Gamma correction, or often simply gamma, is a nonlinear operation used to encode and decode luminance or tristimulus values in video or still image systems.
Gamma encoding of images is used to optimize the usage of bits when encoding an image, or bandwidth used to transport an image, by taking advantage of the non-linear manner in which humans perceive light and color. The human perception of brightness, under common illumination conditions (not pitch black nor blindingly bright), follows an approximate power function (note: no relation to the gamma function), with greater sensitivity to relative differences between darker tones than between lighter ones, consistent with the Stevens' power law for brightness perception. If images are not gamma-encoded, they allocate too many bits or too much bandwidth to highlights that humans cannot differentiate, and too few bits or too little bandwidth to shadow values that humans are sensitive to and would require more bits/bandwidth to maintain the same visual quality. Gamma encoding of floating-point images is not required (and may be counterproductive), because the floating-point format already provides a piecewise linear approximation of a logarithmic curve.
Although gamma encoding was developed originally to compensate for the input–output characteristic of cathode ray tube (CRT) displays, that is not its main purpose or advantage in modern systems. In CRT displays, the light intensity varies nonlinearly with the electron-gun voltage. Altering the input signal by gamma compression can cancel this nonlinearity, such that the output picture has the intended luminance. However, the gamma characteristics of the display device do not play a factor in the gamma encoding of images and video—they need gamma encoding to maximize the visual quality of the signal, regardless of the gamma characteristics of the display device. The similarity of CRT physics to the inverse of gamma encoding needed for video transmission was a combination of coincidence and engineering, which simplified the electronics in early television sets.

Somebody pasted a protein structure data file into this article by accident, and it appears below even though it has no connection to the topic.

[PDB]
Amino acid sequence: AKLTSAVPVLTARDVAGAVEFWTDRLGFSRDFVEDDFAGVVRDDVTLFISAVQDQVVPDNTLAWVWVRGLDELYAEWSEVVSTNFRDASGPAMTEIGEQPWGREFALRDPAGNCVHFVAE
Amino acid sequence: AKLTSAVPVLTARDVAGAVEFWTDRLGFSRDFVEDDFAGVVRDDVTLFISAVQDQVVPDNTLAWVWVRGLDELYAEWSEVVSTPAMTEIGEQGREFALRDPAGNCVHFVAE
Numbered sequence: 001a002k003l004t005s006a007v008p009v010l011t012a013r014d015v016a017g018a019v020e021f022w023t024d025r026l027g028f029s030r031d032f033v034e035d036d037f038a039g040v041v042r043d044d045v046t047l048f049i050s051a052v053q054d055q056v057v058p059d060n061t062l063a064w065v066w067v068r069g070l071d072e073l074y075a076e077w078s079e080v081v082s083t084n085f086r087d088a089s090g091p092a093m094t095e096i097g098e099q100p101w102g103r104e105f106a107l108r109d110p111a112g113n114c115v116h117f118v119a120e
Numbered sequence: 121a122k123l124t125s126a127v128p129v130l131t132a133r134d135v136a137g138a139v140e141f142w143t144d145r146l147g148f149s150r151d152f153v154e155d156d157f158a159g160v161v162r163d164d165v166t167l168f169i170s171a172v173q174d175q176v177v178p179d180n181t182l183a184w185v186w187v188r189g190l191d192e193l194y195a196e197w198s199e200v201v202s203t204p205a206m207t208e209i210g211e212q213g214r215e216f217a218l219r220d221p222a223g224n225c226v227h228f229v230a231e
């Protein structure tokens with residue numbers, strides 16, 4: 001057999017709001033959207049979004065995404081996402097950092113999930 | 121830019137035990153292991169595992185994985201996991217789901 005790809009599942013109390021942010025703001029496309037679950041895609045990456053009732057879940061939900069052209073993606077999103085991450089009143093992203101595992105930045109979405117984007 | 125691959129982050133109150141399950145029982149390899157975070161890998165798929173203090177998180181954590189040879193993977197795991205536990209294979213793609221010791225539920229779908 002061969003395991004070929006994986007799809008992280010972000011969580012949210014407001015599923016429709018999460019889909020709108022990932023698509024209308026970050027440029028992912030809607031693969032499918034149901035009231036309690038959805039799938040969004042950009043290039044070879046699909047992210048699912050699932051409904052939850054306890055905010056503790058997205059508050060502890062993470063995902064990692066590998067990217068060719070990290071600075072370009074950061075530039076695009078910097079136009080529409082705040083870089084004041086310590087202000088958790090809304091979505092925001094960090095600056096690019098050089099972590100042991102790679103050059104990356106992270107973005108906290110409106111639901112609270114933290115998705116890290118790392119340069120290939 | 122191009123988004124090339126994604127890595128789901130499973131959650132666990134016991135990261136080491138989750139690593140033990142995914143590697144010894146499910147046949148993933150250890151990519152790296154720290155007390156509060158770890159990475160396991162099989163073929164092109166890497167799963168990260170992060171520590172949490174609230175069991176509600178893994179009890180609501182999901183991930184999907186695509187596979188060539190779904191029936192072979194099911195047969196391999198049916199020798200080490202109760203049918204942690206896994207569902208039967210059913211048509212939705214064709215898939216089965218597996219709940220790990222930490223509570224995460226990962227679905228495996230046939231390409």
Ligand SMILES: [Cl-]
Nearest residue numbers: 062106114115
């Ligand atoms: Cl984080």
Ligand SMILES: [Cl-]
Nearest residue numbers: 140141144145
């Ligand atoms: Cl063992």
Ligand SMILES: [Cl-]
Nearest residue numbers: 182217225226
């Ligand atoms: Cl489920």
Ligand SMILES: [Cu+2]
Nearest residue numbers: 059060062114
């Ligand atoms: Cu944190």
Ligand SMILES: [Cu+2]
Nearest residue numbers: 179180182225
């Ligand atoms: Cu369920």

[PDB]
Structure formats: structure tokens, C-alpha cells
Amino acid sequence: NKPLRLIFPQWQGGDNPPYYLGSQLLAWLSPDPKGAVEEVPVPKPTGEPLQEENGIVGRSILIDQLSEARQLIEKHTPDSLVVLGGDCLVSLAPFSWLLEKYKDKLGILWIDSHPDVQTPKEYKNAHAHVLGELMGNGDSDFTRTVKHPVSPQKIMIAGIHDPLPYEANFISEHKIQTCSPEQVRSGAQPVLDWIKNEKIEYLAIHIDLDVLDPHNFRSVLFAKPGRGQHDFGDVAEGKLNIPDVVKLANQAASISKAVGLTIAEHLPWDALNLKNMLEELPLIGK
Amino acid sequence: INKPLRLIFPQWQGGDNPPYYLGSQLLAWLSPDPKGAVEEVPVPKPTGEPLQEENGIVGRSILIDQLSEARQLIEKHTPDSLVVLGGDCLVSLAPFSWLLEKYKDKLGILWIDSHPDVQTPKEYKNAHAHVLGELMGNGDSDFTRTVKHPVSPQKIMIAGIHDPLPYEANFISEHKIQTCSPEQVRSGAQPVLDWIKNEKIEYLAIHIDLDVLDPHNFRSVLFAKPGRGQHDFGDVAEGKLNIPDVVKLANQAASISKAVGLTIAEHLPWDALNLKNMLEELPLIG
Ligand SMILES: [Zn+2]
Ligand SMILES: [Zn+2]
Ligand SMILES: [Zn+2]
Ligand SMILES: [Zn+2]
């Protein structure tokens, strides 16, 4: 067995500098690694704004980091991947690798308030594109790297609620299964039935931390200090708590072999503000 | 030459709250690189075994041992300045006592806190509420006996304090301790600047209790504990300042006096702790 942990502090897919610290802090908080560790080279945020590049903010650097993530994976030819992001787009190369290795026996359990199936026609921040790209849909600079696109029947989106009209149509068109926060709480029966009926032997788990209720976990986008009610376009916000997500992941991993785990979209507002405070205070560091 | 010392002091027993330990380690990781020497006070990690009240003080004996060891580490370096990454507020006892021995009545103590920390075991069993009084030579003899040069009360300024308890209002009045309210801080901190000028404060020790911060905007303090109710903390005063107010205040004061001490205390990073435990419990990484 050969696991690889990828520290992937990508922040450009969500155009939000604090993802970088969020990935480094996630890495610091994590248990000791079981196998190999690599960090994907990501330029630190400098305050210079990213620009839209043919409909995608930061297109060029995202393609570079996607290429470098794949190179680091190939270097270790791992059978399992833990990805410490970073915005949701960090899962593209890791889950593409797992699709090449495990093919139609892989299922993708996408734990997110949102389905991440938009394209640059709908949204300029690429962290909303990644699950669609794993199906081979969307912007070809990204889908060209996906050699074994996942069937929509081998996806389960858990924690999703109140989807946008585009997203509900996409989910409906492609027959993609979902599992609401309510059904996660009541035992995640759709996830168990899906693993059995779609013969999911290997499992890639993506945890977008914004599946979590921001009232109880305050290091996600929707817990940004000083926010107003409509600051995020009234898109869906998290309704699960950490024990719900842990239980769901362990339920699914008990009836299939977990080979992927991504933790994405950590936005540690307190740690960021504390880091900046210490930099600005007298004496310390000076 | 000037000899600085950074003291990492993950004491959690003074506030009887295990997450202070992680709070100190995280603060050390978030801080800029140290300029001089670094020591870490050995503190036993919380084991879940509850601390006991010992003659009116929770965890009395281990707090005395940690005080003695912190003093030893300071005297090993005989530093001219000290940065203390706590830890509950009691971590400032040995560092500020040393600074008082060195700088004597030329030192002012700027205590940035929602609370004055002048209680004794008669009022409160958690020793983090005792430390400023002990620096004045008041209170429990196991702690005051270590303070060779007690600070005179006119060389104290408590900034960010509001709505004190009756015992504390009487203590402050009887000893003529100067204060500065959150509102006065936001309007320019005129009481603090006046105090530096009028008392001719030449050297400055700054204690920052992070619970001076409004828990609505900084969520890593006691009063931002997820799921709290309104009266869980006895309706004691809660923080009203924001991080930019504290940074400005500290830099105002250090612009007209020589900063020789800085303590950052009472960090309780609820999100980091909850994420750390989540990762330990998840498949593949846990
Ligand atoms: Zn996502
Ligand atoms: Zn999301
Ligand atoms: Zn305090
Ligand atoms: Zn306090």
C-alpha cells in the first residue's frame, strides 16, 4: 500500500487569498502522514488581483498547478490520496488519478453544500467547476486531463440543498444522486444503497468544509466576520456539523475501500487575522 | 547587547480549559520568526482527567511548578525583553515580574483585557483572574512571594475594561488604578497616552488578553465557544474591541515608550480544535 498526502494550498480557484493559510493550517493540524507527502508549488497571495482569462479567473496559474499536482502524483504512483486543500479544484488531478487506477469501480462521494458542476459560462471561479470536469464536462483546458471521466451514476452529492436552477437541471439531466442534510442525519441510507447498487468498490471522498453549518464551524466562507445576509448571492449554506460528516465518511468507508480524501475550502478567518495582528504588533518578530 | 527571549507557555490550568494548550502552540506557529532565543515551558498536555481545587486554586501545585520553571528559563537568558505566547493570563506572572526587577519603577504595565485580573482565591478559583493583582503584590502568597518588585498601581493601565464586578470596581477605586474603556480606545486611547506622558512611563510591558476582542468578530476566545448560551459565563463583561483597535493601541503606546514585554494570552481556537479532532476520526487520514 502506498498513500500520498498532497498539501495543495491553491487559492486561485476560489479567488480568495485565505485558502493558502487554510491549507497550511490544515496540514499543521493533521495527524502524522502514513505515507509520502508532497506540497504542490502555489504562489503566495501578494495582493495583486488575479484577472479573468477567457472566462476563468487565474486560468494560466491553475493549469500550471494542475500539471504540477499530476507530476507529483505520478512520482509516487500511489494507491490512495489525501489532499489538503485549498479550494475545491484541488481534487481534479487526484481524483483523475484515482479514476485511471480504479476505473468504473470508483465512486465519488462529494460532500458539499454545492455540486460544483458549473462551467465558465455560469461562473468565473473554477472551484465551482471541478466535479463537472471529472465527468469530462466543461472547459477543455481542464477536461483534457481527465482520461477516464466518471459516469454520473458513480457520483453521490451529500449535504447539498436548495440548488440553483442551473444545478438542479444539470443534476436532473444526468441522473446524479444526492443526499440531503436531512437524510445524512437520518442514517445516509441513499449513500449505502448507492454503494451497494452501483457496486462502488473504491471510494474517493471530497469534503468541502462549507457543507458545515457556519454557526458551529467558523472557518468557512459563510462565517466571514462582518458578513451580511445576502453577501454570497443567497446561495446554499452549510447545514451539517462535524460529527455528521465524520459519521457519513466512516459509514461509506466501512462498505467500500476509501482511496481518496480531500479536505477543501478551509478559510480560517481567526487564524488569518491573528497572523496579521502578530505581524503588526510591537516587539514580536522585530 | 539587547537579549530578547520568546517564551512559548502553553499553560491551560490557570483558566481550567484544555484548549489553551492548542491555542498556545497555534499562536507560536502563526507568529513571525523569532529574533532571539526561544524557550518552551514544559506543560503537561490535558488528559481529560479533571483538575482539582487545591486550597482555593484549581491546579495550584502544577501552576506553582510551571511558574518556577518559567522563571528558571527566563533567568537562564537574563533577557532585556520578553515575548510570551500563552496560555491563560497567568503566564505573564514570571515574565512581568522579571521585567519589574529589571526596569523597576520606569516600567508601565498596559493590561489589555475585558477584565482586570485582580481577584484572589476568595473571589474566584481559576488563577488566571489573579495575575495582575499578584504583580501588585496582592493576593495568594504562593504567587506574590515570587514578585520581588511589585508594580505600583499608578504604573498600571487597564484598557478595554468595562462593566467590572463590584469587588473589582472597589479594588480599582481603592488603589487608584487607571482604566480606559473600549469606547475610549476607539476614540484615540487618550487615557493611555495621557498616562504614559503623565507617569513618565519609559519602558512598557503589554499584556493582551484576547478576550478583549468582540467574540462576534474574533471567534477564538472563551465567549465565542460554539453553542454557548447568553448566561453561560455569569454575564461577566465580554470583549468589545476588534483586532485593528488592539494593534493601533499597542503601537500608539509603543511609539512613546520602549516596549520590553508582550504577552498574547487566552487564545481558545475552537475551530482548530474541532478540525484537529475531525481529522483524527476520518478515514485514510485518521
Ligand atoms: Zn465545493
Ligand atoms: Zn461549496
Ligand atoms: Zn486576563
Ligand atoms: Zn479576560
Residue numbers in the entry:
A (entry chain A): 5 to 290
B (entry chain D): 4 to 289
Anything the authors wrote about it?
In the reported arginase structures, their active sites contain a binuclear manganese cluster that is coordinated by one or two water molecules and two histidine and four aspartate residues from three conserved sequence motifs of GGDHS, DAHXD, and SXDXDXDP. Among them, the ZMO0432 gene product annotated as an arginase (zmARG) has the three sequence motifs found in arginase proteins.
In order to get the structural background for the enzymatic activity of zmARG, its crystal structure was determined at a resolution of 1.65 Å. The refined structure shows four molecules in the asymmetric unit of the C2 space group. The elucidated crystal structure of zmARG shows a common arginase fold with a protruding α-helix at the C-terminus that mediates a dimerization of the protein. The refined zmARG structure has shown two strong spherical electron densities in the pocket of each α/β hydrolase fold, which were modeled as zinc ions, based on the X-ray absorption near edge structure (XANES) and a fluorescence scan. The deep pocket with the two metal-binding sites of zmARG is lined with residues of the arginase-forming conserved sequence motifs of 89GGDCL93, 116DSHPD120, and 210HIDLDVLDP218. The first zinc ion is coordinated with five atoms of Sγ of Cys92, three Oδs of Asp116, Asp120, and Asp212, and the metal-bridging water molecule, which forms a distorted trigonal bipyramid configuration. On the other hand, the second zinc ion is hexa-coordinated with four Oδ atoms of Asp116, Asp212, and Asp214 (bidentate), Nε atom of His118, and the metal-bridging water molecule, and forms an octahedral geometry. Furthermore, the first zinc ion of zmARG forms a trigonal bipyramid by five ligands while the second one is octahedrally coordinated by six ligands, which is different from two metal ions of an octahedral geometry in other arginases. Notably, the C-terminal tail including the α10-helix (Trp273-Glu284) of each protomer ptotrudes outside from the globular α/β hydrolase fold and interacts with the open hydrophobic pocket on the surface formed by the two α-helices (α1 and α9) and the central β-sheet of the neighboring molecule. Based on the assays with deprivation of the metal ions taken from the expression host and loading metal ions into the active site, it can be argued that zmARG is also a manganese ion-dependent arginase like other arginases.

When a photographic film is exposed to light, the result of the exposure can be represented on a graph showing log of exposure on the horizontal axis, and density, or log of transmittance, on the vertical axis. For a given film formulation and processing method, this curve is its characteristic or Hurter–Driffield curve. Since both axes use logarithmic units, the slope of the linear section of the curve is called the gamma of the film. Negative film typically has a gamma less than 1; positive film (slide film, reversal film) typically has a gamma with absolute value greater than 1.
Photographic film has a much greater ability to record fine differences in shade than can be reproduced on photographic paper. Similarly, most video screens are not capable of displaying the range of brightnesses (dynamic range) that can be captured by typical electronic cameras. For this reason, considerable artistic effort is invested in choosing the reduced form in which the original image should be presented. The gamma correction, or contrast selection, is part of the photographic repertoire used to adjust the reproduced image.
Analogously, digital cameras record light using electronic sensors that usually respond linearly. In the process of rendering linear raw data to conventional RGB data (e.g. for storage into JPEG image format), color space transformations and rendering transformations will be performed. In particular, almost all standard RGB color spaces and file formats use a non-linear encoding (a gamma compression) of the intended intensities of the primary colors of the photographic reproduction; in addition, the intended reproduction is almost always nonlinearly related to the measured scene intensities, via a tone reproduction nonlinearity.